Lacking Motivation?

Winter is the time of the year when our bodies and minds take a break from the long days of sunshine and outdoor activities. We rest, eat, and revitalize, while thinking about what lies ahead for the spring and summer. For triathletes that means less long days of exercising, longer days sitting on the couch, and the inevitable loss of the previous season’s fitness base. Well for many of us with early season races, the training has already begun. For the rest of you, lacking motivation to get out and resume your training, the time has come to break out the putty knife and pry your butts off the couch!

If you start off slow and easy, this doesn't have to be as painful as you think. Early season training can start with a 3-4 mile run, a 30 minute swim, or just an easy hour bike ride. We train and race hard, so we end the season tired, physically and mentally exhausted, which sticks in our minds, giving us cause to put off getting back out and focusing on our training. By starting off slow and easy, we remind ourselves why we're in this sport to begin with, the simple pleasure of moving through time and space in the water while we swim, and on land when we bike and run. But maybe even that thought isn't enough to move you to head outside, what else motivates us?

Like most competitive people, the possibility of improving on our past athletic performances is a major driving force, so setting new goals and creating training plans to reach those goals, is another good reason to step outside and restart your training. In turn you may find the need to train with other people to help motivate you, and they're probably sitting at home on their own couch, so the sooner you all meet and agree to begin training together, the sooner each of you will begin to see the improvements you're looking for to reach your goals. Still need a reason to head outside?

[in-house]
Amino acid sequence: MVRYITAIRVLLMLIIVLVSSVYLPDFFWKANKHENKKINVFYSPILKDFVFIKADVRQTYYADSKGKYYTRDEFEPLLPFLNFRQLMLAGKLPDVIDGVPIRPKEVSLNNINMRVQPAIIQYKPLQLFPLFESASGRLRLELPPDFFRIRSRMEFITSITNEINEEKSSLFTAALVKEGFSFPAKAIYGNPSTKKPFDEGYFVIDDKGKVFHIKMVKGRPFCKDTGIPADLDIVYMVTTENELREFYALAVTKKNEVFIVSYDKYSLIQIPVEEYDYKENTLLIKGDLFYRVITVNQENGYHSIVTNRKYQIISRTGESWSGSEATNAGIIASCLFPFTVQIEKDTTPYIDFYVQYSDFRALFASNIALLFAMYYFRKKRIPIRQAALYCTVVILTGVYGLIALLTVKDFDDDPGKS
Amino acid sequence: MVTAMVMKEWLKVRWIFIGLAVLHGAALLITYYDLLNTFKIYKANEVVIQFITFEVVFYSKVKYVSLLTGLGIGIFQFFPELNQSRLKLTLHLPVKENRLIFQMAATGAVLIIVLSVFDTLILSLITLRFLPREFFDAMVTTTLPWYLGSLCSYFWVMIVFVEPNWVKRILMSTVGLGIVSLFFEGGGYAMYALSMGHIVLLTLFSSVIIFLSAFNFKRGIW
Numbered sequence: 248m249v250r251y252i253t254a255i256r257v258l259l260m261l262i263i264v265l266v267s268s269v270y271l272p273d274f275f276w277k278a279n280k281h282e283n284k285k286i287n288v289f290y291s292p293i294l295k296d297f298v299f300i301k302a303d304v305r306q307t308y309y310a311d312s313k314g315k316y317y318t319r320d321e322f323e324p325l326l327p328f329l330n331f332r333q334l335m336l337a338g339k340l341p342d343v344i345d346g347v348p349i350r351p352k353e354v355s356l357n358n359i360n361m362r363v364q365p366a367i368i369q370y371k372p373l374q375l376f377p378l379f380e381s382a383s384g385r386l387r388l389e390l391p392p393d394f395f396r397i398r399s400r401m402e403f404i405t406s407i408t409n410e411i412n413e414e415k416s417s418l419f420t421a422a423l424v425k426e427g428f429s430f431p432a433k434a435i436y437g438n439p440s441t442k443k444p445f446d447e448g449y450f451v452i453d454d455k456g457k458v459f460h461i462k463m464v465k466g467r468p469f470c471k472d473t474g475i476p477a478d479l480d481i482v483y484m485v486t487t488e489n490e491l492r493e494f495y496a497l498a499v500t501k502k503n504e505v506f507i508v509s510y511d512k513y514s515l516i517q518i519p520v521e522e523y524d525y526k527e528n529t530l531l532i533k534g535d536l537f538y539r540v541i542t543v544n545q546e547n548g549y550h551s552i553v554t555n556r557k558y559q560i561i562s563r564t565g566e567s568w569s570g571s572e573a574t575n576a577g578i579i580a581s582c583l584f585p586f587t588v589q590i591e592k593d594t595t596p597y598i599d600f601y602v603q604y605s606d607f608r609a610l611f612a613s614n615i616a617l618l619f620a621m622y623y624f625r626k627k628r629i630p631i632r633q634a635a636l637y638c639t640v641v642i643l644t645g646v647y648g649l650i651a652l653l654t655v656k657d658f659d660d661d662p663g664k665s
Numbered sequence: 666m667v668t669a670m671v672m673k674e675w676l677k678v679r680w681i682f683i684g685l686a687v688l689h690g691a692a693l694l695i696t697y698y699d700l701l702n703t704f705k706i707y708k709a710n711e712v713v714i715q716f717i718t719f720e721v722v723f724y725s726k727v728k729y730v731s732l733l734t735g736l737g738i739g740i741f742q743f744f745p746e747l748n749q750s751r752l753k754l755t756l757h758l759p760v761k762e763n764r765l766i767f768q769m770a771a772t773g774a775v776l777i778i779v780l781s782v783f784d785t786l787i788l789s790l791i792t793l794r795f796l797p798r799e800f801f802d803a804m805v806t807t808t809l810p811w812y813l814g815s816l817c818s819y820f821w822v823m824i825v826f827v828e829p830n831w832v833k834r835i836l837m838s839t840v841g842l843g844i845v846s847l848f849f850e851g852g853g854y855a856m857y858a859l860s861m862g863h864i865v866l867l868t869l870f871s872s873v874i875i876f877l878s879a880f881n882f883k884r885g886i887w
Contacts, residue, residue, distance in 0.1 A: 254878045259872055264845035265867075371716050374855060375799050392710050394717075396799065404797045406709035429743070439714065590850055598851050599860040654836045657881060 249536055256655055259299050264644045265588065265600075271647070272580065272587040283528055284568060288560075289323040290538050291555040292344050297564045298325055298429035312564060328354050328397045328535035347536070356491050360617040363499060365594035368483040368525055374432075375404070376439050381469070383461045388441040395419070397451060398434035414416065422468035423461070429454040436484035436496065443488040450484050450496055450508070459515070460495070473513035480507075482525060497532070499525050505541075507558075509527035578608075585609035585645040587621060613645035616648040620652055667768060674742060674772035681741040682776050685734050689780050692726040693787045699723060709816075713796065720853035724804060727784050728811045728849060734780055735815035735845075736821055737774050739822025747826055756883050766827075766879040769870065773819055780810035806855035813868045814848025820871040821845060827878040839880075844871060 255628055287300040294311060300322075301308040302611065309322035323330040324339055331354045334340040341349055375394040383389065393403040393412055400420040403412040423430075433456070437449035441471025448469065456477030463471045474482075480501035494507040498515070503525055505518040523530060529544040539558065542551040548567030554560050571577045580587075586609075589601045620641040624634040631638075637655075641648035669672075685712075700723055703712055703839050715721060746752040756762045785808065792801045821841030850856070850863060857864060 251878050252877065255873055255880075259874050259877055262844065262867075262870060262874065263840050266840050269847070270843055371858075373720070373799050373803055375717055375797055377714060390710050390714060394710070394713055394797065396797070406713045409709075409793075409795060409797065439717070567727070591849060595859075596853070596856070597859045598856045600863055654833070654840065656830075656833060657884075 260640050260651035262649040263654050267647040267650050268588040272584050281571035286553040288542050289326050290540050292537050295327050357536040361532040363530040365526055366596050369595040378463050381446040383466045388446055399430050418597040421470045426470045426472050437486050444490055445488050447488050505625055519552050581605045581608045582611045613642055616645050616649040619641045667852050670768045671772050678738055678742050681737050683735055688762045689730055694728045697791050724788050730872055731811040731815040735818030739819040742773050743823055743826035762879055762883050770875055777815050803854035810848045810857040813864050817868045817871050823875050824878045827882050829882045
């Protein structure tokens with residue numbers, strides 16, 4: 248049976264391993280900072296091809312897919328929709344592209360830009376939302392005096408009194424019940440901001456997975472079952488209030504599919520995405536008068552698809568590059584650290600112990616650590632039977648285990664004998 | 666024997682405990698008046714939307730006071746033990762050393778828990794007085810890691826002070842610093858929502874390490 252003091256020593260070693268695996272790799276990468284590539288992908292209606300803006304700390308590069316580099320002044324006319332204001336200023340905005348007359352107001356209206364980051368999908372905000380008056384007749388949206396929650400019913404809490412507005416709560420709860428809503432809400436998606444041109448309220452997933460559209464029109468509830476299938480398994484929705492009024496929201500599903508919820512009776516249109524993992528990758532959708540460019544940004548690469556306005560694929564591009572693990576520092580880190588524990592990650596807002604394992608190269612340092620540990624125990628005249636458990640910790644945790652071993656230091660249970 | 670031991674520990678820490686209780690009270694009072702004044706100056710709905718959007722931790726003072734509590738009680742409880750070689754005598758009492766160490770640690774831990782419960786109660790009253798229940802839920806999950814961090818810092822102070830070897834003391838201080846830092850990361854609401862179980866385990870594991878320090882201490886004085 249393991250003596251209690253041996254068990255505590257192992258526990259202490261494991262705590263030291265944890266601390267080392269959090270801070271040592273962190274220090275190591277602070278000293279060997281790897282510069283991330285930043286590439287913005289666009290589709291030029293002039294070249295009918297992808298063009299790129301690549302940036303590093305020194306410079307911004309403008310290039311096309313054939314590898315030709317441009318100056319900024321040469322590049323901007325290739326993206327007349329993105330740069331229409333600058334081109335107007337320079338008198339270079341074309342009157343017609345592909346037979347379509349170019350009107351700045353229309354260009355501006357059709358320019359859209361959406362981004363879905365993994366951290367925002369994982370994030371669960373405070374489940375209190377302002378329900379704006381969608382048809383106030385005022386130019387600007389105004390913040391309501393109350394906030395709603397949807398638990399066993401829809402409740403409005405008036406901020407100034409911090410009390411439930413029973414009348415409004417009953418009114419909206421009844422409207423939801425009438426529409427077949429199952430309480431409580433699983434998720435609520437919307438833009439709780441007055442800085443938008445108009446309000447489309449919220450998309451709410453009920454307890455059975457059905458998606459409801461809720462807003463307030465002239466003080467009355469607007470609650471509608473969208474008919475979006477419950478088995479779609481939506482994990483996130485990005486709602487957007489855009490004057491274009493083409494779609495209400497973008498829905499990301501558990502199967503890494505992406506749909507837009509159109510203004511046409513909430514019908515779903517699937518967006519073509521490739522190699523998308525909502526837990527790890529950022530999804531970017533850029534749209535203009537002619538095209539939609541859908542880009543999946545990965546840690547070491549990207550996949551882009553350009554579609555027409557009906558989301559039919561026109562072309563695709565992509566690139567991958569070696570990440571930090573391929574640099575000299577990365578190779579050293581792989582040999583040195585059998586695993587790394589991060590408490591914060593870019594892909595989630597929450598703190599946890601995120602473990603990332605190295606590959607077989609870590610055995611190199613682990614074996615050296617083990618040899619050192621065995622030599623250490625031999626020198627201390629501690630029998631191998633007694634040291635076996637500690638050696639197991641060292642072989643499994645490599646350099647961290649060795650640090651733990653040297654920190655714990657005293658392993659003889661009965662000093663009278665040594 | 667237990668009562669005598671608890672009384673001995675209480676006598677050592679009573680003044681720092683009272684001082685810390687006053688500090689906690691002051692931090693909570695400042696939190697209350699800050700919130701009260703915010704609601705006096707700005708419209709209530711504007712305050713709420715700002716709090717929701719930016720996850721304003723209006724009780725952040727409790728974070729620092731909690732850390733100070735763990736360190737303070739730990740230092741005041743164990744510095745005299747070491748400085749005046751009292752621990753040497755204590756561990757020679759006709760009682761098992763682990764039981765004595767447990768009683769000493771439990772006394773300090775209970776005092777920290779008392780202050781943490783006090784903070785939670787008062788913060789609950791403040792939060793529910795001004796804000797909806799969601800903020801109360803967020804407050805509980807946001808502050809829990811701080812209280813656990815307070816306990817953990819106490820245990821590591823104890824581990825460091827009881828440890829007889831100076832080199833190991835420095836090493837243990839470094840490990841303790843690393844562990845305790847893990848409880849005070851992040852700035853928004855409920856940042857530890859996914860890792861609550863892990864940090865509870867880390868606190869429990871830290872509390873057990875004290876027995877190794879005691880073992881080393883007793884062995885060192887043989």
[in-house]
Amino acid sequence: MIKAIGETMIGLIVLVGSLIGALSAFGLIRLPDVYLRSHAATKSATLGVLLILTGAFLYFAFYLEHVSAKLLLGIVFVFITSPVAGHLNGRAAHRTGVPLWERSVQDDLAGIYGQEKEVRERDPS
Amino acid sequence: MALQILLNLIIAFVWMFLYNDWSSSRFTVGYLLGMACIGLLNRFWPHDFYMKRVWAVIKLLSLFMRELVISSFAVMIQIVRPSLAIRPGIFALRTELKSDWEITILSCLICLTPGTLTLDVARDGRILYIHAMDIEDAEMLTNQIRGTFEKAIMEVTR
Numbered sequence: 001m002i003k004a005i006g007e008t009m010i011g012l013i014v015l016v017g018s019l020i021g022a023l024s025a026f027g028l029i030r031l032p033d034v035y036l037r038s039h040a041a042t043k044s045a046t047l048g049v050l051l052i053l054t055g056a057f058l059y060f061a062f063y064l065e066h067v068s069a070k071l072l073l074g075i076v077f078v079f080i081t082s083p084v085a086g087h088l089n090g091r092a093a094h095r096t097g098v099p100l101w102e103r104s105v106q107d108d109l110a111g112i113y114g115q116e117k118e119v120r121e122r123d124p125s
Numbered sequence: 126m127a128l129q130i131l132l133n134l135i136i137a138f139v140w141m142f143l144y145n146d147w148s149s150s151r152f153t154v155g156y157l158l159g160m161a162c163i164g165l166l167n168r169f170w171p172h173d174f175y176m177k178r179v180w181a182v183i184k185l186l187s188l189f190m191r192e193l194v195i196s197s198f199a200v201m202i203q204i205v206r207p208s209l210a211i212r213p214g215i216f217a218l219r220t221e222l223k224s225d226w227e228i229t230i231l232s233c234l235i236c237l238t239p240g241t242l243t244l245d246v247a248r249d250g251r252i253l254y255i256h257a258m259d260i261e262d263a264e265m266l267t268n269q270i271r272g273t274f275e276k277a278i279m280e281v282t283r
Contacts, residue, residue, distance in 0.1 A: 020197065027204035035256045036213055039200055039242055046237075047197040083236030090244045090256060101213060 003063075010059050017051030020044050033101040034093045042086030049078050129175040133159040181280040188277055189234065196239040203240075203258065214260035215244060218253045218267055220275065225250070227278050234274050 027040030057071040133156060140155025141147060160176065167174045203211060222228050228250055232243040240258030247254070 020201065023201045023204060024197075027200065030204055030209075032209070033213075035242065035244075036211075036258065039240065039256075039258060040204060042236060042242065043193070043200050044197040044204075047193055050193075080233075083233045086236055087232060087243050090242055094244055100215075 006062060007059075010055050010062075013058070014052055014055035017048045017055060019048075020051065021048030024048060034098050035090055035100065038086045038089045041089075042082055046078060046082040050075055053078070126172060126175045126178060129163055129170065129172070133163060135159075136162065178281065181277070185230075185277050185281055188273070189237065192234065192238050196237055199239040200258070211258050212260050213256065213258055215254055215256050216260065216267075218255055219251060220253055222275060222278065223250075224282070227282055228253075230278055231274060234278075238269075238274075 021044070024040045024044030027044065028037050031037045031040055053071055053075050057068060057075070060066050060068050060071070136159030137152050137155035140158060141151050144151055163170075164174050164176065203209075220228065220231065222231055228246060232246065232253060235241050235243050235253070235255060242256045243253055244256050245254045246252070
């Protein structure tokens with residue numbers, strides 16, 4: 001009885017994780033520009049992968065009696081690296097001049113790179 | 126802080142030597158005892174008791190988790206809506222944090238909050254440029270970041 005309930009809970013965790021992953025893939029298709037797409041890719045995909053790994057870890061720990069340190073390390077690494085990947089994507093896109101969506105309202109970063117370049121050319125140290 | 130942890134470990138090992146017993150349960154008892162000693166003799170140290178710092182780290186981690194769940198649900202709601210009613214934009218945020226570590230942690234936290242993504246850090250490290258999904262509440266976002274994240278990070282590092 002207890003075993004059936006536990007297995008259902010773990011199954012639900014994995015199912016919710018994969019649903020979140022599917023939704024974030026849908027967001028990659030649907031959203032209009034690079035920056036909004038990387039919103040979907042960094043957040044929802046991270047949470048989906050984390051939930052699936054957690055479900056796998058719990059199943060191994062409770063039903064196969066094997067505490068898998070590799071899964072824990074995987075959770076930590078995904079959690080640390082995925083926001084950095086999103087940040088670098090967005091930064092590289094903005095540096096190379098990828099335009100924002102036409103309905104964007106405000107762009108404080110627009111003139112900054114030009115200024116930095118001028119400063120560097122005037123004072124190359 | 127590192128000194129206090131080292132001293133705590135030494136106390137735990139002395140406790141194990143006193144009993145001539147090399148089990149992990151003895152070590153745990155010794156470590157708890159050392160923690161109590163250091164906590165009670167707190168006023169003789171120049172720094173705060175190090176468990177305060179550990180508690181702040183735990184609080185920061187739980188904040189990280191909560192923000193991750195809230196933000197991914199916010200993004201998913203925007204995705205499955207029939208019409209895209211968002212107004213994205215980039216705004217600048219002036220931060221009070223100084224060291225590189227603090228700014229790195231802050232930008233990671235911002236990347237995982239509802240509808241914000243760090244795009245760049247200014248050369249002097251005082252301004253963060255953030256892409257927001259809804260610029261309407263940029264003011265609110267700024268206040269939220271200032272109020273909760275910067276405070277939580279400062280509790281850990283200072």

How about you signed up for a "name your race distance" triathlon that you've never done before, so maybe it's time you started training to build the base you need to actually finish the race and not hate life during it? Whether you race to just finish, race to improve on your previous best placing, or race to set a new PR, early season base building, long easy rides and runs, building an aerobic base, will pay rewards all season, especially if you're moving up in distance. Need more still?

Okay, this is a really good one, but it only comes around every five years, you're aging up into a new age group. Being the young kid in your age group is always a great reason to go out and push your training. You don't have to be shooting for a podium finish to care about aging up; you just have to care enough about representing yourself in your new age group. And if you do happen to improve on your position relative to the rest of the pack? Well that's just the icing on the cake, the reward for putting in the extra effort. Still not convinced it’s time to head outside to train? You're a tough audience, but I've got one more idea.

Who got you involved in the sport of triathlon, who was your mentor? What would they tell you while you sat around and watched every BCS football game with a plate of nachos and a bucket of cervezas parked in front of you? Well if they weren't Bama or LSU alumni, they'd probably wonder how you were going to fit in last year’s SB Tri Club racing gear! So for one last time, put down the remote control, head outdoors and rejoin all your old buds, and restart your training for the New Year!

Happy 2012 everyone, here's to another great year of racing and training in Santa Barbara and beyond. Let's make your hopes and dreams for the New Year ring true.

Fred Maggiore, USAT Coach